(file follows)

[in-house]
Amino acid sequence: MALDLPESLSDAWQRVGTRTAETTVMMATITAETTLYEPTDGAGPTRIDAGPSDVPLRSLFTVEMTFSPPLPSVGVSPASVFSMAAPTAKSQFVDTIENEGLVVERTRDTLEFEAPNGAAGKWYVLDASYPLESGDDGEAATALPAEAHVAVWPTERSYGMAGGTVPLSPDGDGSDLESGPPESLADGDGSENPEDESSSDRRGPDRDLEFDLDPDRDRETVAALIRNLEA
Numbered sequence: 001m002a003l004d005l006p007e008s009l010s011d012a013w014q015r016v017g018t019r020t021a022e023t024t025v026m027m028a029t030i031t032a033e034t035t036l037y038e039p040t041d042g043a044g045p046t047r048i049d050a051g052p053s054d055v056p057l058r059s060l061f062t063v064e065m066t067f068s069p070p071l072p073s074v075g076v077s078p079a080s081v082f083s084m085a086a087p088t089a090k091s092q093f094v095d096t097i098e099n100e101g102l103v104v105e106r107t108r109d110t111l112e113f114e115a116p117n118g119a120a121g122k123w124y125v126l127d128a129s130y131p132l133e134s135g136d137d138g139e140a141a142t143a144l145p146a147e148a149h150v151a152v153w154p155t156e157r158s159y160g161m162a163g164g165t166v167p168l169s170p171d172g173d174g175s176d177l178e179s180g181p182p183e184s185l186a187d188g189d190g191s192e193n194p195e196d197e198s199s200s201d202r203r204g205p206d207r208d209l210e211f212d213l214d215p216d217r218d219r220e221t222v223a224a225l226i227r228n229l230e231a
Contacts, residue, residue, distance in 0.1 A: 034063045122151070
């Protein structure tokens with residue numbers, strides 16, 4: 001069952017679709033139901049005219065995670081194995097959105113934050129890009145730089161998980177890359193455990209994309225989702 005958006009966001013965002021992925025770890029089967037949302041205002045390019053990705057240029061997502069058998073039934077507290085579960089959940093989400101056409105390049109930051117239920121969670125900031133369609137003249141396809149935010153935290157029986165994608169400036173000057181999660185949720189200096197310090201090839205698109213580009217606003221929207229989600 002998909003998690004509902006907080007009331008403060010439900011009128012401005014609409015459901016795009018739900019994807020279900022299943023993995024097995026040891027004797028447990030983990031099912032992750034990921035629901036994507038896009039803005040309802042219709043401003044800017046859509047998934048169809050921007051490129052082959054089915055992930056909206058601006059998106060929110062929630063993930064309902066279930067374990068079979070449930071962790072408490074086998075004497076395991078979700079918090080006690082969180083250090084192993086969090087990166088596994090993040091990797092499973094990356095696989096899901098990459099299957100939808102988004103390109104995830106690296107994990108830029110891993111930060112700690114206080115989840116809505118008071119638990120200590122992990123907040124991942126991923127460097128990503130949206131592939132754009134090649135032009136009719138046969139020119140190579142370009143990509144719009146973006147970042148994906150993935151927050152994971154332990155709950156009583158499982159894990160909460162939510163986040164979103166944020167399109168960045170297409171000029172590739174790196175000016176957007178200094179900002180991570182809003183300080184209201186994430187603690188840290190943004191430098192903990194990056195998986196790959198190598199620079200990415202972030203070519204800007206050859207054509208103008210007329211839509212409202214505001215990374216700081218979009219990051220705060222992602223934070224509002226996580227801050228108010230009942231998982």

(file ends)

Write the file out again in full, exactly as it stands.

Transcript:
[in-house]
Amino acid sequence: MALDLPESLSDAWQRVGTRTAETTVMMATITAETTLYEPTDGAGPTRIDAGPSDVPLRSLFTVEMTFSPPLPSVGVSPASVFSMAAPTAKSQFVDTIENEGLVVERTRDTLEFEAPNGAAGKWYVLDASYPLESGDDGEAATALPAEAHVAVWPTERSYGMAGGTVPLSPDGDGSDLESGPPESLADGDGSENPEDESSSDRRGPDRDLEFDLDPDRDRETVAALIRNLEA
Numbered sequence: 001m002a003l004d005l006p007e008s009l010s011d012a013w014q015r016v017g018t019r020t021a022e023t024t025v026m027m028a029t030i031t032a033e034t035t036l037y038e039p040t041d042g043a044g045p046t047r048i049d050a051g052p053s054d055v056p057l058r059s060l061f062t063v064e065m066t067f068s069p070p071l072p073s074v075g076v077s078p079a080s081v082f083s084m085a086a087p088t089a090k091s092q093f094v095d096t097i098e099n100e101g102l103v104v105e106r107t108r109d110t111l112e113f114e115a116p117n118g119a120a121g122k123w124y125v126l127d128a129s130y131p132l133e134s135g136d137d138g139e140a141a142t143a144l145p146a147e148a149h150v151a152v153w154p155t156e157r158s159y160g161m162a163g164g165t166v167p168l169s170p171d172g173d174g175s176d177l178e179s180g181p182p183e184s185l186a187d188g189d190g191s192e193n194p195e196d197e198s199s200s201d202r203r204g205p206d207r208d209l210e211f212d213l214d215p216d217r218d219r220e221t222v223a224a225l226i227r228n229l230e231a
Contacts, residue, residue, distance in 0.1 A: 034063045122151070
């Protein structure tokens with residue numbers, strides 16, 4: 001069952017679709033139901049005219065995670081194995097959105113934050129890009145730089161998980177890359193455990209994309225989702 005958006009966001013965002021992925025770890029089967037949302041205002045390019053990705057240029061997502069058998073039934077507290085579960089959940093989400101056409105390049109930051117239920121969670125900031133369609137003249141396809149935010153935290157029986165994608169400036173000057181999660185949720189200096197310090201090839205698109213580009217606003221929207229989600 002998909003998690004509902006907080007009331008403060010439900011009128012401005014609409015459901016795009018739900019994807020279900022299943023993995024097995026040891027004797028447990030983990031099912032992750034990921035629901036994507038896009039803005040309802042219709043401003044800017046859509047998934048169809050921007051490129052082959054089915055992930056909206058601006059998106060929110062929630063993930064309902066279930067374990068079979070449930071962790072408490074086998075004497076395991078979700079918090080006690082969180083250090084192993086969090087990166088596994090993040091990797092499973094990356095696989096899901098990459099299957100939808102988004103390109104995830106690296107994990108830029110891993111930060112700690114206080115989840116809505118008071119638990120200590122992990123907040124991942126991923127460097128990503130949206131592939132754009134090649135032009136009719138046969139020119140190579142370009143990509144719009146973006147970042148994906150993935151927050152994971154332990155709950156009583158499982159894990160909460162939510163986040164979103166944020167399109168960045170297409171000029172590739174790196175000016176957007178200094179900002180991570182809003183300080184209201186994430187603690188840290190943004191430098192903990194990056195998986196790959198190598199620079200990415202972030203070519204800007206050859207054509208103008210007329211839509212409202214505001215990374216700081218979009219990051220705060222992602223934070224509002226996580227801050228108010230009942231998982």